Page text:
The question arose on a discussion board as to how a theological seminary relates to C. S. Lewis’ distinction between “education” and “vocational training.” The premise of the question was that one had to choose between the two, relative to a university I would side with Lewis, but relative to a seminary I cannot.
The person who asked the question began with a long quotation from Lewis and referred to something I said somewhere about seminaries being university faculties (departments) in exile.
In fairness, when I say that theological seminaries are university faculties in exile I’m not speaking prescriptively but historically or descriptively. This is what happened.
Prior to development of modern period theological seminaries (there used to be seminaries of various kinds hence the need to distinguish one type of seminary from another) didn’t exist as we know them. Theological training happened in Academies (e.g. Geneva) that were or became universities. This trend developed over centuries as cathedral schools became universities with specialized departments or faculties (namely Arts, Theology, Law, and Medicine).
As a consequence of the Enlightenment(s), theology faculties were gradually turned into religion departments and most of those were ultimately closed as “science” became narrowly defined in Modernist, materialist terms and even the generic study of religion as a social phenomenon became irrelevant. Given this, Darryl Hart has even argued that religion departments have no place in the modern university.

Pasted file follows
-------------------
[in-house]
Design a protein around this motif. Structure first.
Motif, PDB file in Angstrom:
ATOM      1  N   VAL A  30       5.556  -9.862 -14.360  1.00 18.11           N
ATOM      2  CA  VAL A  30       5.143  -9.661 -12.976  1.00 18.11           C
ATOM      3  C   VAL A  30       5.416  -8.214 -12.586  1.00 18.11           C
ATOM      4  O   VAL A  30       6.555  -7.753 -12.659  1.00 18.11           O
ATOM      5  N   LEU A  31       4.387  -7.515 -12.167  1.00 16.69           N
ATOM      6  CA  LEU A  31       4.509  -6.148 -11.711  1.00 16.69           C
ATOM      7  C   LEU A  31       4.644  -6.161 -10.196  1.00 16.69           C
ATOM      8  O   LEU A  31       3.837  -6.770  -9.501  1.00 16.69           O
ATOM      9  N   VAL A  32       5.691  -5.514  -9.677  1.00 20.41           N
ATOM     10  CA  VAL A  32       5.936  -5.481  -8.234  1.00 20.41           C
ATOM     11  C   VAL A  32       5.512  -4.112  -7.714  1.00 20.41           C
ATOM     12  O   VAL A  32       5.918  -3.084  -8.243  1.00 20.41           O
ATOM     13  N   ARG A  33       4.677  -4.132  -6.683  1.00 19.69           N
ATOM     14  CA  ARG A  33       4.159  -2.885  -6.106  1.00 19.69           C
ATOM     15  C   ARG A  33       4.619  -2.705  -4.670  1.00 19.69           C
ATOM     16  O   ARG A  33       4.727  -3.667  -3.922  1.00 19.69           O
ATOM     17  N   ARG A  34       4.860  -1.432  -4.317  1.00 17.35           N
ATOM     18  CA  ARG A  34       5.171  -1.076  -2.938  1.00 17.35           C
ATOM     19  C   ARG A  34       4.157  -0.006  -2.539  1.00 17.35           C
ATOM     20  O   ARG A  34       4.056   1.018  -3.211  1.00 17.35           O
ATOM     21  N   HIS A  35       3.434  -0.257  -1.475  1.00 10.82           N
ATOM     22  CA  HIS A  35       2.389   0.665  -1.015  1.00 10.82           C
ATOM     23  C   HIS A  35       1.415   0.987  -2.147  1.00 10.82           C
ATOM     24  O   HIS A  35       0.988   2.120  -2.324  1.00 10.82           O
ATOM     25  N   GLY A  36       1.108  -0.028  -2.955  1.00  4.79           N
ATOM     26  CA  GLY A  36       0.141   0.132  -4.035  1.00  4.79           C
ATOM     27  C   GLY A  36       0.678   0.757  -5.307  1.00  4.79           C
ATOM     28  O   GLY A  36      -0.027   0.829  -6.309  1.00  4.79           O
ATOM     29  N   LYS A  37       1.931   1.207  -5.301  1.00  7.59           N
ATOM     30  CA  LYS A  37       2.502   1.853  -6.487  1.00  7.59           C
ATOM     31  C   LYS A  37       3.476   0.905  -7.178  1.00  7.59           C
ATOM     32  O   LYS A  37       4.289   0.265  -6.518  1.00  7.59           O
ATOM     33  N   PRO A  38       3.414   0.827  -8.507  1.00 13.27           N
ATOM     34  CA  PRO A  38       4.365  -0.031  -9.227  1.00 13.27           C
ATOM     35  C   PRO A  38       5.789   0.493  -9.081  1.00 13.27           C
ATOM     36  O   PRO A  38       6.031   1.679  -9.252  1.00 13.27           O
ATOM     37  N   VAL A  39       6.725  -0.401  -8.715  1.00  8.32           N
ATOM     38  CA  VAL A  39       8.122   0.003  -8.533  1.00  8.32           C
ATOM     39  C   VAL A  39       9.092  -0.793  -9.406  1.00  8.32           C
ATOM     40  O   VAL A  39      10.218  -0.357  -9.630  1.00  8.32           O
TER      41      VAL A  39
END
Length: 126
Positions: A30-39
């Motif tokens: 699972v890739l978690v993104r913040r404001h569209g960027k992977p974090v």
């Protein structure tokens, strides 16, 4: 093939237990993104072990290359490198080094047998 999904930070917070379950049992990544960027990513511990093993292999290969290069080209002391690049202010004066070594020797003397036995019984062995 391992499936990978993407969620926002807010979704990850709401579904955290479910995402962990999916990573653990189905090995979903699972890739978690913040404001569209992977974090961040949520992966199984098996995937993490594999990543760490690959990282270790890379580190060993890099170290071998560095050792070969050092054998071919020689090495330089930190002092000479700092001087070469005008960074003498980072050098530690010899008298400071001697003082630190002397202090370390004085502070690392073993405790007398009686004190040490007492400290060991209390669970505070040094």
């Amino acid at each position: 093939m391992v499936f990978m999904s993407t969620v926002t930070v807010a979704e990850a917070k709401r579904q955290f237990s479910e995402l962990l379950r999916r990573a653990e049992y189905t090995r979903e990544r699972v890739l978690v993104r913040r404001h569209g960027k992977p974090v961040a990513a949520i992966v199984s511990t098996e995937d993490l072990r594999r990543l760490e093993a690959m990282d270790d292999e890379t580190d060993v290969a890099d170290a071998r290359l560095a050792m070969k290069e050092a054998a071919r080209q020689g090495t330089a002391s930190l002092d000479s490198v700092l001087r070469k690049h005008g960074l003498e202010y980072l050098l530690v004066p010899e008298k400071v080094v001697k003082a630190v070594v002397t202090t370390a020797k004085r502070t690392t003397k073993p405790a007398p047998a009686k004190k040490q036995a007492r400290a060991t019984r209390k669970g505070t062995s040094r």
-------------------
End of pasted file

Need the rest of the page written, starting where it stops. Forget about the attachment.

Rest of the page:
When we explain our vocation at my school we speak about educating our students in the art of theology but we also educate about 70% them to fulfill a specific ecclesiastical vocation: pastor. In this we are a bit like law and medical schools. There is a broader aspect to learning but there is also a vocational and more focused aspect to their studies. We’re not what used to be called a “vo-tech” school (e.g. those places that train people to fix computers or cars). In a vo-tech becoming a broadly learned person is not very important but knowing the latest computer code is.
We’re not a university but we do bear some historical relation to a university. We’re not a vo-tech school but we do train students to fulfill an ecclesiastical vocation. We also prepare a small number of students to fulfill other vocations (e.g. academic or other).
…is [your school] functioning as a theological seminary in an ideal world would? Do you think it’s wonderful or merely necessary that 70% of the students are there for, in essence, vocational training? Do you think that your institution would be more of an institution of learning if you were able to concentrate on research without having to teach students? And if I can take advantage of your attention, do you think that you or other professors, in Lewis’ language, treat the students as human or as candidates for humanity?
I’m not sure how to answer this question. If I say, “in an ideal world…” one could say, “Aha, I knew it, seminary education is flawed!” Nevertheless, things could always be better. I’m not entirely sure what is implied in such an “ideal world” scenario. I’m not a very good “ideal world” thinker inasmuch as it entails rolling back 250 years of history, in some respects, to a world that doesn’t exist. I can say which things I would change to improve our ability to educate students: